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US sanctions seven individuals over financial ties to Hezbollah

US sanctions seven individuals over financial ties to Hezbollah

Secretary of State Antony BlinkenAntony BlinkenKim says North Korea needs to be 'prepared' for 'confrontation' with US The Senate just passed the next Apollo program Young Turks founder on Democratic establishment: 'They lie nonstop' MORE on Tuesday announced sanctions against seven individuals over financial ties to Hezbollah, the U.S.-designated terror organization in Lebanon that is backed by Iran.

The individuals were targeted for acting on behalf of Hezbollah or its financial firm, Al-Qard al-Hassan (AQAH).

“While AQAH purports to serve the Lebanese people, in practice it illicitly moves funds through shell accounts and facilitators, exposing Lebanese financial institutions to sanctions risk related to conducting business with a designated entity,” Blinken said in a statement. “Moreover, by hoarding cash that is desperately needed by the Lebanese economy, AQAH empowers Hizballah to build its own support base and compromise the stability of the Lebanese state.”

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One of the seven individuals designated, Ibrahim Ali Daher, serves as director of Hezbollah’s Central Finance Unit, which oversees the groups overall budget and spending, Blinken said.

The other six individuals — Ahmad Mohamad Yazbeck, Abbas Hassan Gharib, Wahid Mahmud Subayti, Mostafa Habib Harb, Ezzat Youssef Akar and Hasan Chehadeh Othman — have used their personal accounts as cover to move funds to AQAH, transferring about $500 million to AQAH, according to the Treasury Department.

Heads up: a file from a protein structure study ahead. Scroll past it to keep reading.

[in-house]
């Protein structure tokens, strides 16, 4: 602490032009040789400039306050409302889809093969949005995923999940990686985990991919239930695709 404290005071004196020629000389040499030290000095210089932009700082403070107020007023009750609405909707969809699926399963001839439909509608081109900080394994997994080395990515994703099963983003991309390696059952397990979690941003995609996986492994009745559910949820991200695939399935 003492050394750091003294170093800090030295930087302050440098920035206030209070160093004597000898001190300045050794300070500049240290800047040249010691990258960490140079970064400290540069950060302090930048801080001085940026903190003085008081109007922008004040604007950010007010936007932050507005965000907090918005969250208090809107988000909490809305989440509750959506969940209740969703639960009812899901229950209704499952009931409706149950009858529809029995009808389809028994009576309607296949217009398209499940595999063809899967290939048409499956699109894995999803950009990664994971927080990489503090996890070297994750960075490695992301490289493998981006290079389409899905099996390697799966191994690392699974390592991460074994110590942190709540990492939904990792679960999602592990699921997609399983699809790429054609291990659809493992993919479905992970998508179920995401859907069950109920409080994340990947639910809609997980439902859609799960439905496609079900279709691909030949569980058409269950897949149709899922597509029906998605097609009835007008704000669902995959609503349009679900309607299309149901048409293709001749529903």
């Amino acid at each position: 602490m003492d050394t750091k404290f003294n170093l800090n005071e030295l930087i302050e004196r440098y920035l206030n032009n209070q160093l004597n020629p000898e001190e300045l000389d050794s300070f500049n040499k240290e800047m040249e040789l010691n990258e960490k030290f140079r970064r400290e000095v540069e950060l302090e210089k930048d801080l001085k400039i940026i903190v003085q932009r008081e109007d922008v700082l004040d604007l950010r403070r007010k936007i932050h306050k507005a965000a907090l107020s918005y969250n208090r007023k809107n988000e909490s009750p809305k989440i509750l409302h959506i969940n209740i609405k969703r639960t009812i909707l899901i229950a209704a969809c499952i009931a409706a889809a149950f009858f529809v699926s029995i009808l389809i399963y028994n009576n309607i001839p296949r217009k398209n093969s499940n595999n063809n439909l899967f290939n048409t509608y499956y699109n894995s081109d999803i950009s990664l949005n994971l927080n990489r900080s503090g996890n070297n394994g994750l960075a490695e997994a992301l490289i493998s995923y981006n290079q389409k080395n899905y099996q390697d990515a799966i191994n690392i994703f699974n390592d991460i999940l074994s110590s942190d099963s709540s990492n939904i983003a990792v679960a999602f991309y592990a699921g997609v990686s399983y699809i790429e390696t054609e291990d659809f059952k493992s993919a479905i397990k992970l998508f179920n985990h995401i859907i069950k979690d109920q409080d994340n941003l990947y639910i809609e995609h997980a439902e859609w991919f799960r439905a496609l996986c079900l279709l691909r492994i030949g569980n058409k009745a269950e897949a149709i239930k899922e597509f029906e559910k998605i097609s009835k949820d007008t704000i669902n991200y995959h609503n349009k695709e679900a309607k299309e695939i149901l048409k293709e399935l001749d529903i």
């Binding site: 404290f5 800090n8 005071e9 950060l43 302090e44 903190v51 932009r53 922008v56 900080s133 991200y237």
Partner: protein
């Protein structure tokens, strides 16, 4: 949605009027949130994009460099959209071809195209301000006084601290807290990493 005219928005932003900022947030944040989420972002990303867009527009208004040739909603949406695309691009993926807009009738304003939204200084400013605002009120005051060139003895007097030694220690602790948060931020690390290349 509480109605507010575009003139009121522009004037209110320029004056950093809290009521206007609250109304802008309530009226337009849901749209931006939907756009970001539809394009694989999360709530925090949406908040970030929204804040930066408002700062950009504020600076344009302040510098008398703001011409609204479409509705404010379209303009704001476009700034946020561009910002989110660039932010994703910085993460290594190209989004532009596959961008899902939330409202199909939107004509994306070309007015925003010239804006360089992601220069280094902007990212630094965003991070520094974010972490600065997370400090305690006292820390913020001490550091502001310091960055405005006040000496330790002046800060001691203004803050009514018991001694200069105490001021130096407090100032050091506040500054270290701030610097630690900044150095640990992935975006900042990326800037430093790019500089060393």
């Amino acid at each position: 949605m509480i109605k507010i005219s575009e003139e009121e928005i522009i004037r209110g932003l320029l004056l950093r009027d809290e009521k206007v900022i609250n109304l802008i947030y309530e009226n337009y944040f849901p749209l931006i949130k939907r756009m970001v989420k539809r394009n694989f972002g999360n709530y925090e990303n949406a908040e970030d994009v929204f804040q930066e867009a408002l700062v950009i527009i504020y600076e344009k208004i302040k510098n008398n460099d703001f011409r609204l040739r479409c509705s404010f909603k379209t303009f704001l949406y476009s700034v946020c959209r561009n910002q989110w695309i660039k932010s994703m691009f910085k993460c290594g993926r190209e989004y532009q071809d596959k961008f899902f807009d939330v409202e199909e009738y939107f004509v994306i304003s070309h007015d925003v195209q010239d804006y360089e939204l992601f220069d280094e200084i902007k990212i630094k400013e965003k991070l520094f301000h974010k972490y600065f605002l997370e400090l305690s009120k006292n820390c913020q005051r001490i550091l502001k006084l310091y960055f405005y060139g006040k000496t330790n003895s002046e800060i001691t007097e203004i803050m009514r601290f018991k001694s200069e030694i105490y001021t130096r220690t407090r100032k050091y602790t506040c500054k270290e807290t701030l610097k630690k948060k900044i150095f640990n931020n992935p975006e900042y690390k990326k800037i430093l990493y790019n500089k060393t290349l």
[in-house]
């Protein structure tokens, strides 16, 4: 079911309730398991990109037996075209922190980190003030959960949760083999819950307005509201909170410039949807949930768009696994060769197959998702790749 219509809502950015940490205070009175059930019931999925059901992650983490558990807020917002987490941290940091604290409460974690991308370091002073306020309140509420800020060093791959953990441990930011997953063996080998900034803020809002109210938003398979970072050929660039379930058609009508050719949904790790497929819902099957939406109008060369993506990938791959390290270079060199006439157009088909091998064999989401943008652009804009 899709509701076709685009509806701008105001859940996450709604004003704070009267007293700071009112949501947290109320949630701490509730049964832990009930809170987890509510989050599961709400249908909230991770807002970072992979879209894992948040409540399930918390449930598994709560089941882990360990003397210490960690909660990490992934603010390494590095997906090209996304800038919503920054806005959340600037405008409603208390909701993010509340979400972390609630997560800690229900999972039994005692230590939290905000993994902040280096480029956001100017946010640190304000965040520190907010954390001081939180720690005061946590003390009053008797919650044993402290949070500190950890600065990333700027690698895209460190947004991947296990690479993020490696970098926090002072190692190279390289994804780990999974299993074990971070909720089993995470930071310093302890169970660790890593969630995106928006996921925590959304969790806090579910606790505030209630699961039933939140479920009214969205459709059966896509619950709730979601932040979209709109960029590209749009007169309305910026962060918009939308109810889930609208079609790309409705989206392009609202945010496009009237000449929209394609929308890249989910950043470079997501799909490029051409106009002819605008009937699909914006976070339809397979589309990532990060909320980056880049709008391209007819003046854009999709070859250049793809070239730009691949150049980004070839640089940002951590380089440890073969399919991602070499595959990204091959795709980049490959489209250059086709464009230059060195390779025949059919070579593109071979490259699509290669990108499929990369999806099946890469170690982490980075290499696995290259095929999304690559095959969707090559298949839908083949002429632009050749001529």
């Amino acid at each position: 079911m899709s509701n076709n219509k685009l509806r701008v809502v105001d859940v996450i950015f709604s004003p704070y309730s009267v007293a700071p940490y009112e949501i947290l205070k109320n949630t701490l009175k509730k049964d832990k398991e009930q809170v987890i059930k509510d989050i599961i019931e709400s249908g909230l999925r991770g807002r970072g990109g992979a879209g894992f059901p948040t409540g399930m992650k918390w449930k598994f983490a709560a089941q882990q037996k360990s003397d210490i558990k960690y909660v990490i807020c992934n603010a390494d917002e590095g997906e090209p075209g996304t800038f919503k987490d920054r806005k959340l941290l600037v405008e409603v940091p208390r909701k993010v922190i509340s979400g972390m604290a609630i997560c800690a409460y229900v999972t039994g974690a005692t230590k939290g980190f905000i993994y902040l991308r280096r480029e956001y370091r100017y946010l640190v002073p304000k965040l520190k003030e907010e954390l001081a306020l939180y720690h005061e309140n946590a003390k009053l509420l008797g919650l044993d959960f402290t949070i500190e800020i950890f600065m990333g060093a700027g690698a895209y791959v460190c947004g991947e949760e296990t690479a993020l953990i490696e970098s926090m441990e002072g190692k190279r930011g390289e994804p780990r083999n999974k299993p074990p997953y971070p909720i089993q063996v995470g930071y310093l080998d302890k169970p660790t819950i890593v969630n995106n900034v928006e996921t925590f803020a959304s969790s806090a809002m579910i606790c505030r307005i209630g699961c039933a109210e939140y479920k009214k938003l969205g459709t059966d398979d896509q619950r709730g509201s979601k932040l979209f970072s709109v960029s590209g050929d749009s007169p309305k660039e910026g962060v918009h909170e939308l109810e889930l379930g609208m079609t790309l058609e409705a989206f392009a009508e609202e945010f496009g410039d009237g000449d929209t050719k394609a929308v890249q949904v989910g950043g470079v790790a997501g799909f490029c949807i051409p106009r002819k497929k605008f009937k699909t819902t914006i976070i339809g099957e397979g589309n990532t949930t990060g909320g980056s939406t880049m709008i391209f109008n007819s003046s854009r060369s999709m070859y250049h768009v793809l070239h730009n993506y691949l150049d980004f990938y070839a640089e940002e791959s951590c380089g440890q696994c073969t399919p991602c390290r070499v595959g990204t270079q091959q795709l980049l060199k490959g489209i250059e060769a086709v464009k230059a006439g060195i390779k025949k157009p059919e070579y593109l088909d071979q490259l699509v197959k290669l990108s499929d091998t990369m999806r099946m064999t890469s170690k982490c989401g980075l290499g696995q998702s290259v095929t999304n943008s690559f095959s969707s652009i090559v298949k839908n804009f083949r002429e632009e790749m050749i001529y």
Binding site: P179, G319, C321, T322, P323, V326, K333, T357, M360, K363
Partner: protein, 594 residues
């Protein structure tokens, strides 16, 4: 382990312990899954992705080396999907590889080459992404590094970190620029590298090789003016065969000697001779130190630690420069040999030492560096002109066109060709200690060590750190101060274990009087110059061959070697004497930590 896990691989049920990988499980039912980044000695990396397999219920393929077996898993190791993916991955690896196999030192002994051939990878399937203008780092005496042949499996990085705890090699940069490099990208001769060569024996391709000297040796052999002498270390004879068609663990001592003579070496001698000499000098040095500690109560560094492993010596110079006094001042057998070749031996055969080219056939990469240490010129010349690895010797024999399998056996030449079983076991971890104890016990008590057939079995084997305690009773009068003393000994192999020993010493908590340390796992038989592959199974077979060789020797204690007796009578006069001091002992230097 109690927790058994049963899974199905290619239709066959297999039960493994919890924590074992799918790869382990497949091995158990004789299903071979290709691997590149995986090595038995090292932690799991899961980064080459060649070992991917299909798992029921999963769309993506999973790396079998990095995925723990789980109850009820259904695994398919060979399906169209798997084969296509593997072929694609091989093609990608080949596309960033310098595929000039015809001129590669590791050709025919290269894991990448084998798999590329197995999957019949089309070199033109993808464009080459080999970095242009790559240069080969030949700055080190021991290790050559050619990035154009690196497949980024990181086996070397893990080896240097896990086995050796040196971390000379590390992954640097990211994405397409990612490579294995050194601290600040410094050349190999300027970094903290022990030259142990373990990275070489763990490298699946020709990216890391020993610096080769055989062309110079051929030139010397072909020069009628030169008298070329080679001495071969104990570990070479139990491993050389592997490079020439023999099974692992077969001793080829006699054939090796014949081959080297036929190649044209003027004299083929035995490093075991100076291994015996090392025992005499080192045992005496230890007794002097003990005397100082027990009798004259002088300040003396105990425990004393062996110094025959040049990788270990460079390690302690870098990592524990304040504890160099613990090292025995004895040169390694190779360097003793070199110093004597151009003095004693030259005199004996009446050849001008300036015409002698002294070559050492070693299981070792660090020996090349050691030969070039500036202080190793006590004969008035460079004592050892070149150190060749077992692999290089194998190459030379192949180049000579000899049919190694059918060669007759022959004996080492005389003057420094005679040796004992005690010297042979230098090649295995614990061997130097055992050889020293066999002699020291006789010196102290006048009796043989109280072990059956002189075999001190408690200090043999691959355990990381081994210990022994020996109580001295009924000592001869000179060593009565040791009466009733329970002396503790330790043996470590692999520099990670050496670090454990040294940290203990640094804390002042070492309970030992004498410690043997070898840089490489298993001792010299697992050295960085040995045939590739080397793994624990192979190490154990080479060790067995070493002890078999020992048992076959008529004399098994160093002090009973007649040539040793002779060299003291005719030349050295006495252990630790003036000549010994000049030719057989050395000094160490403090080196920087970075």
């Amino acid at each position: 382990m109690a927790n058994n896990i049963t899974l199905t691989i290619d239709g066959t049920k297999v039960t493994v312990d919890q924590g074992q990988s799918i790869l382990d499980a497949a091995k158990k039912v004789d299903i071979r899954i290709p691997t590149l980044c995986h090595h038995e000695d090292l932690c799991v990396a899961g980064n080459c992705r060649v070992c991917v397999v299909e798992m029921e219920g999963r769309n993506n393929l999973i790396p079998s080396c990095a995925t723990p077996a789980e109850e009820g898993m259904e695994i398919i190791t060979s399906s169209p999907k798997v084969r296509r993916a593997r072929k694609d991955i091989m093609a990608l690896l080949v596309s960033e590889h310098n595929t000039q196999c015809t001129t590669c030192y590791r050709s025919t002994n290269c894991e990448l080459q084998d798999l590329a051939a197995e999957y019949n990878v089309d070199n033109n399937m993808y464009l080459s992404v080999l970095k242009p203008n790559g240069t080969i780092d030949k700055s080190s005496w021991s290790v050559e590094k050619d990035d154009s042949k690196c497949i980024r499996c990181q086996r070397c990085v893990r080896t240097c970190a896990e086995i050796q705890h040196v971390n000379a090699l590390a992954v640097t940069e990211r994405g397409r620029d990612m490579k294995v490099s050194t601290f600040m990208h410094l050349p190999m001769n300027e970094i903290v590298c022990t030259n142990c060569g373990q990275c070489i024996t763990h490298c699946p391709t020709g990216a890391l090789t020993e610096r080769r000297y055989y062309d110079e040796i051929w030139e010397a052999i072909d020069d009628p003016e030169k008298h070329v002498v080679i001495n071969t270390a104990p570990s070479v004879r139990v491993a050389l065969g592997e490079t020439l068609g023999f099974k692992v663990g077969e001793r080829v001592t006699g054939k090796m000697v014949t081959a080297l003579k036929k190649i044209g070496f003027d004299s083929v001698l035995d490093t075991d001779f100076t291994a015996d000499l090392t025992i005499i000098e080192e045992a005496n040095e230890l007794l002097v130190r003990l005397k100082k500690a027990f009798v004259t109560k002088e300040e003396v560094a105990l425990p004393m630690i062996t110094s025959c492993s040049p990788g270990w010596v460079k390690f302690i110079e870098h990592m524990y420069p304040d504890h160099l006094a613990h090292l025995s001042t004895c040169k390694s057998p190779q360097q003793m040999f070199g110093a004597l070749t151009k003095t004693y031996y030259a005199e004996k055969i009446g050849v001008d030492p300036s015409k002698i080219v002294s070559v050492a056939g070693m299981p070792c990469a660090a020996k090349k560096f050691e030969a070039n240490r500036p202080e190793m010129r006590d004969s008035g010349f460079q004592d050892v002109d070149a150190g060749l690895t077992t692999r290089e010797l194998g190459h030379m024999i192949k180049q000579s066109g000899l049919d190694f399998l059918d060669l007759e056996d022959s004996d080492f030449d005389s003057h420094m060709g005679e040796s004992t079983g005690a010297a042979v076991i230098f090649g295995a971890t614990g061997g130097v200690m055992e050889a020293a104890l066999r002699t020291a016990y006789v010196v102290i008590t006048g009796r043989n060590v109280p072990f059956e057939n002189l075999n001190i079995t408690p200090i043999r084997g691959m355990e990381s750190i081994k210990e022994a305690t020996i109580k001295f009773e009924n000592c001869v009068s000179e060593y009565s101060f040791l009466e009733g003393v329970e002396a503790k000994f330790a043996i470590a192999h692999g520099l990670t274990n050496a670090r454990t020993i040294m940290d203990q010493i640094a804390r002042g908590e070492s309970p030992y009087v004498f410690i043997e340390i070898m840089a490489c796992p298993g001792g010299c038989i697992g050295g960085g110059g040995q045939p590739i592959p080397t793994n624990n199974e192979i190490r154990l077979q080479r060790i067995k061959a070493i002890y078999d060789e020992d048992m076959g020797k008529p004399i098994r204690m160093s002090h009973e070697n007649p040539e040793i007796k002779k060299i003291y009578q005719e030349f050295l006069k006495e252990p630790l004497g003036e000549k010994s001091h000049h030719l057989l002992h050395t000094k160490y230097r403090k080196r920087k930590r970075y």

“From the highest levels of Hizballah’s financial apparatus to working level individuals, Hizballah continues to abuse the Lebanese financial sector and drain Lebanon’s financial resources at an already dire time,” said Andrea Gacki, director of the Office of Foreign Assets Control at the Treasury Department. “Such actions demonstrate Hizballah's disregard for financial stability, transparency, or accountability in Lebanon.”

The sanctions freeze any U.S. property or assets held by the seven individuals. Any entities owned, directly or indirectly, or with 50 percent or more ownership by the sanctioned persons or with other blocked persons must be reported to the Office of Foreign Assets Control.

Further, the sanctions block certain transactions with the individuals, and any person who engages in such transactions opens themselves up to secondary sanctions by the Treasury Department.

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The new sanctions appear to mark the first time the Biden administration has targeted Hezbollah, which exercises significant influence through its political operations in Lebanon and elsewhere.

Blinken called the group a "threat" to the U.S., its allies and interests in the Middle East and globally, and called for other countries to take steps to restrict its activities.

The U.S. is Lebanon's primary security partner, but the country is in the midst of an economic depression, government instability, the COVID-19 pandemic and an ongoing recovery from the catastrophic blast at the Beirut port in August that decimated the city's downtown area, traumatized its residents and killed more than 200 people.

The sanctions against Hezbollah were praised by Republicans, including the top GOP member of the Senate Foreign Relations Committee, Sen. James Risch (Idaho), who called it a key step in aiding Lebanon and excising Hezbollah's influence on the country.

"I welcome today’s sanctions against #Hezbollah & shadow bankers in #Lebanon. For too long, Hezbollah & political elites have failed to implement the reforms needed to pull the country from the brink of collapse. The people of Lebanon deserve true reform & better leadership," Risch tweeted.

Updated at 1:08 p.m.